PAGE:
However, for others, the memories of blood, destruction and conflict would prove too much to bear; their lives often ended by their own hands. Post-Vietnam, this experience would find a new terminology in ‘Post Traumatic Stress Disorder’ or PTSD. However, in reality, the psychological after-effects of war had long been known by a range of titles, from ‘shell shock’ to ‘war neurosis’. The devastation they cause leading many ex-soldiers to despair, while others underwent invasive experimental treatments.
Tom Holland stars in Cherry ©️Apple TV+ and AGBO Films (2021)
Despite this, PTSD remained largely untreated and undiagnosed, with help and support held in a toxic veil of perceived weakness; the Armed Forces quick to enlist and slow to support those who gave their souls in service. However, less discussed is the interface between PTSD, poverty, social status and opportunity. And this brings me back to my question of why Cherry is so deeply affecting. Here, the Russo Brothers not only reflect the abject horror of war but lace this with much broader themes of place, purpose and belonging. Their movie bravely and boldly exploring the socio-economic reality for many returning from war. Realities that lead many to enlist while equally creating an insurmountable barrier to opportunity after leaving.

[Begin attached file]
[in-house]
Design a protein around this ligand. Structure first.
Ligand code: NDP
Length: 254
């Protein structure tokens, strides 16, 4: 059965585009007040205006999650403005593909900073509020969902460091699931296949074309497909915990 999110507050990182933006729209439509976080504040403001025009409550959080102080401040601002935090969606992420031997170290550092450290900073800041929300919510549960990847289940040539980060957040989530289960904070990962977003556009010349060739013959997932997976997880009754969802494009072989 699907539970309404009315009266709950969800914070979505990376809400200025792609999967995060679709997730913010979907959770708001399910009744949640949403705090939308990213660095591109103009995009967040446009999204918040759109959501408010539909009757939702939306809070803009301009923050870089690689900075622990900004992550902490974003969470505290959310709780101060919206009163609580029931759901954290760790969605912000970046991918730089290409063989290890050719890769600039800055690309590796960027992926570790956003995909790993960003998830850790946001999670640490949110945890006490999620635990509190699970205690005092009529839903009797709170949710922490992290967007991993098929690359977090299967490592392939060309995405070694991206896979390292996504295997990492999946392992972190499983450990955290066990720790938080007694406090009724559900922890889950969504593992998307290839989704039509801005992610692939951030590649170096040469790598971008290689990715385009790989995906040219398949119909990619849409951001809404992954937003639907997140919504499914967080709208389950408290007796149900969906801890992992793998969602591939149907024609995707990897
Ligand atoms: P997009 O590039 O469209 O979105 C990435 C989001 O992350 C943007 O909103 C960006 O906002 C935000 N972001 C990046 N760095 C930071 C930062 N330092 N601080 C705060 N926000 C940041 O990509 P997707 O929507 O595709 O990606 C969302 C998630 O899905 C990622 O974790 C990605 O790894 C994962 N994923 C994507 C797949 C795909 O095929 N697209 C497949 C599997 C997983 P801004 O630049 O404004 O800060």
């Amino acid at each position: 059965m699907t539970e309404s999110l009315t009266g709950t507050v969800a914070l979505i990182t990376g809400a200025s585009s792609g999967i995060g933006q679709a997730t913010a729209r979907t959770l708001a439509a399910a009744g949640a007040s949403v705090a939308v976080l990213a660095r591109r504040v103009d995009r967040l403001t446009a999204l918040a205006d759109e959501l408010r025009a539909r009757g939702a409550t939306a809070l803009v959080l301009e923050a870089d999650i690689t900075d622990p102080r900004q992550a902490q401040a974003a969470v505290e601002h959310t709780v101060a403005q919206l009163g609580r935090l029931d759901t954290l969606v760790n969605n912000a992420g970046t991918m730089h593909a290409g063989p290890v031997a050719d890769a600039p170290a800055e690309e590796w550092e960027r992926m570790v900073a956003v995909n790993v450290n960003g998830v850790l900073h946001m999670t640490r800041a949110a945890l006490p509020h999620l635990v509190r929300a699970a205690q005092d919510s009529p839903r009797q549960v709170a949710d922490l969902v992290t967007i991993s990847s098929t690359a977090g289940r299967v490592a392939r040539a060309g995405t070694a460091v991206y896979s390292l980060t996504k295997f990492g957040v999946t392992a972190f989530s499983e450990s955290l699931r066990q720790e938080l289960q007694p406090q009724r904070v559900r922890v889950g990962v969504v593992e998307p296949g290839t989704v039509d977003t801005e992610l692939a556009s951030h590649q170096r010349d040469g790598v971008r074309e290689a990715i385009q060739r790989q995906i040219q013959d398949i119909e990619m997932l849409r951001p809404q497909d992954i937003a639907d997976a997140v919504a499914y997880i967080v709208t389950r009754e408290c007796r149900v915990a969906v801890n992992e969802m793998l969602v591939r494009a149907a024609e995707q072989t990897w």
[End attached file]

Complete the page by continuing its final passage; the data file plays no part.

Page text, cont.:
Cherry is at its strongest when exploring the failures of armed forces that promise protection while discarding soldiers with little concern after conflict. The distribution of medals and commendations no replacement for the damage done, the employment opportunities available, or the financial pressures civilian life brings. Meanwhile, doctors are quick to prescribe drugs without ever engaging in meaningful discussion with patients around the mental trauma they endured. Is it, therefore, any wonder that some ex-servicemen and women end up in rehabilitation, prison or homeless shelters? The hope of a future post-service held in an individuals wealth, status and support structures, many of which may have been creaking at the seams long before they enrolled.
As a love story, Cherry explores the devastation PTSD causes in relationships, with partners caught in the net of increasing anxiety, depression and addiction. While at the same time as a war movie, Cherry embodies similar ground to Kubrick’s masterpiece Full Metal Jacket; the futility of war placed centre stage alongside the toxic attitudes inherent in training. Meanwhile, as an addiction drama, Cherry understands the slippery slope of mental escape and the realities of a system that encourages drug use over human talking therapies. Each of these wrapped in the reality of a capitalist system that keeps people in their given financial place. Resulting in a stunning, intimate and exceptional drama that burns with ferocious energy and complexity.